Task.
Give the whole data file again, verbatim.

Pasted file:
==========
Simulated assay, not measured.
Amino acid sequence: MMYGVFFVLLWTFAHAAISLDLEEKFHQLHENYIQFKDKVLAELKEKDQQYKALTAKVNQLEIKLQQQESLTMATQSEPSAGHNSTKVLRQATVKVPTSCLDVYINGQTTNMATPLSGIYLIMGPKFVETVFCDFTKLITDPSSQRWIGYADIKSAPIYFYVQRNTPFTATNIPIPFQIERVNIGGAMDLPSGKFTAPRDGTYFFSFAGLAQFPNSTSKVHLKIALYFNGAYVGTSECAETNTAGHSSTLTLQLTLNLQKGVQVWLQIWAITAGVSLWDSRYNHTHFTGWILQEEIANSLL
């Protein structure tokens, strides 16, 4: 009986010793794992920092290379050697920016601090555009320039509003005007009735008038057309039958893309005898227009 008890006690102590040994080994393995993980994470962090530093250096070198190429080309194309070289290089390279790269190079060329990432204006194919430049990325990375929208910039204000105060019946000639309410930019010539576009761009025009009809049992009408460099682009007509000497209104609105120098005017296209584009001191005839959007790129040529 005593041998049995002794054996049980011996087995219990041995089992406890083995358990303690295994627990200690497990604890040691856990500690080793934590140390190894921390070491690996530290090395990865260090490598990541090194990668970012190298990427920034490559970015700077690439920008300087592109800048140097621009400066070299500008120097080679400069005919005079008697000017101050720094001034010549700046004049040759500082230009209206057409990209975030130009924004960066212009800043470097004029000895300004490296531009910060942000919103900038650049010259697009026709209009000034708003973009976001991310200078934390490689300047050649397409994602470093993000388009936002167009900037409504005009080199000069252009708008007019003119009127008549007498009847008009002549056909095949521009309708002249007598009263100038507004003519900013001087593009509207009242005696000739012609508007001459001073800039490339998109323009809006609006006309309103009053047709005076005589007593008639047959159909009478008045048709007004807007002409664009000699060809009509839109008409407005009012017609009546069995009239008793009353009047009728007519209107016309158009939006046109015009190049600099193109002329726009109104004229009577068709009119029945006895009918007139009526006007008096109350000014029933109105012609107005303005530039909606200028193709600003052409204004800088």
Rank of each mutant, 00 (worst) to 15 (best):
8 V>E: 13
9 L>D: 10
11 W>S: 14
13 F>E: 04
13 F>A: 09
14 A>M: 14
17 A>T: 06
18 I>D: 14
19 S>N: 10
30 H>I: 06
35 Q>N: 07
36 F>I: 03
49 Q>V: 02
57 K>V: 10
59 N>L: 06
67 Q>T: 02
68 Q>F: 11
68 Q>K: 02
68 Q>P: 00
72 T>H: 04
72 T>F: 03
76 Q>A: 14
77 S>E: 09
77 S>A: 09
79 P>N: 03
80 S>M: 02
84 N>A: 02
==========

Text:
Simulated assay, not measured.
Amino acid sequence: MMYGVFFVLLWTFAHAAISLDLEEKFHQLHENYIQFKDKVLAELKEKDQQYKALTAKVNQLEIKLQQQESLTMATQSEPSAGHNSTKVLRQATVKVPTSCLDVYINGQTTNMATPLSGIYLIMGPKFVETVFCDFTKLITDPSSQRWIGYADIKSAPIYFYVQRNTPFTATNIPIPFQIERVNIGGAMDLPSGKFTAPRDGTYFFSFAGLAQFPNSTSKVHLKIALYFNGAYVGTSECAETNTAGHSSTLTLQLTLNLQKGVQVWLQIWAITAGVSLWDSRYNHTHFTGWILQEEIANSLL
């Protein structure tokens, strides 16, 4: 009986010793794992920092290379050697920016601090555009320039509003005007009735008038057309039958893309005898227009 008890006690102590040994080994393995993980994470962090530093250096070198190429080309194309070289290089390279790269190079060329990432204006194919430049990325990375929208910039204000105060019946000639309410930019010539576009761009025009009809049992009408460099682009007509000497209104609105120098005017296209584009001191005839959007790129040529 005593041998049995002794054996049980011996087995219990041995089992406890083995358990303690295994627990200690497990604890040691856990500690080793934590140390190894921390070491690996530290090395990865260090490598990541090194990668970012190298990427920034490559970015700077690439920008300087592109800048140097621009400066070299500008120097080679400069005919005079008697000017101050720094001034010549700046004049040759500082230009209206057409990209975030130009924004960066212009800043470097004029000895300004490296531009910060942000919103900038650049010259697009026709209009000034708003973009976001991310200078934390490689300047050649397409994602470093993000388009936002167009900037409504005009080199000069252009708008007019003119009127008549007498009847008009002549056909095949521009309708002249007598009263100038507004003519900013001087593009509207009242005696000739012609508007001459001073800039490339998109323009809006609006006309309103009053047709005076005589007593008639047959159909009478008045048709007004807007002409664009000699060809009509839109008409407005009012017609009546069995009239008793009353009047009728007519209107016309158009939006046109015009190049600099193109002329726009109104004229009577068709009119029945006895009918007139009526006007008096109350000014029933109105012609107005303005530039909606200028193709600003052409204004800088």
Rank of each mutant, 00 (worst) to 15 (best):
8 V>E: 13
9 L>D: 10
11 W>S: 14
13 F>E: 04
13 F>A: 09
14 A>M: 14
17 A>T: 06
18 I>D: 14
19 S>N: 10
30 H>I: 06
35 Q>N: 07
36 F>I: 03
49 Q>V: 02
57 K>V: 10
59 N>L: 06
67 Q>T: 02
68 Q>F: 11
68 Q>K: 02
68 Q>P: 00
72 T>H: 04
72 T>F: 03
76 Q>A: 14
77 S>E: 09
77 S>A: 09
79 P>N: 03
80 S>M: 02
84 N>A: 02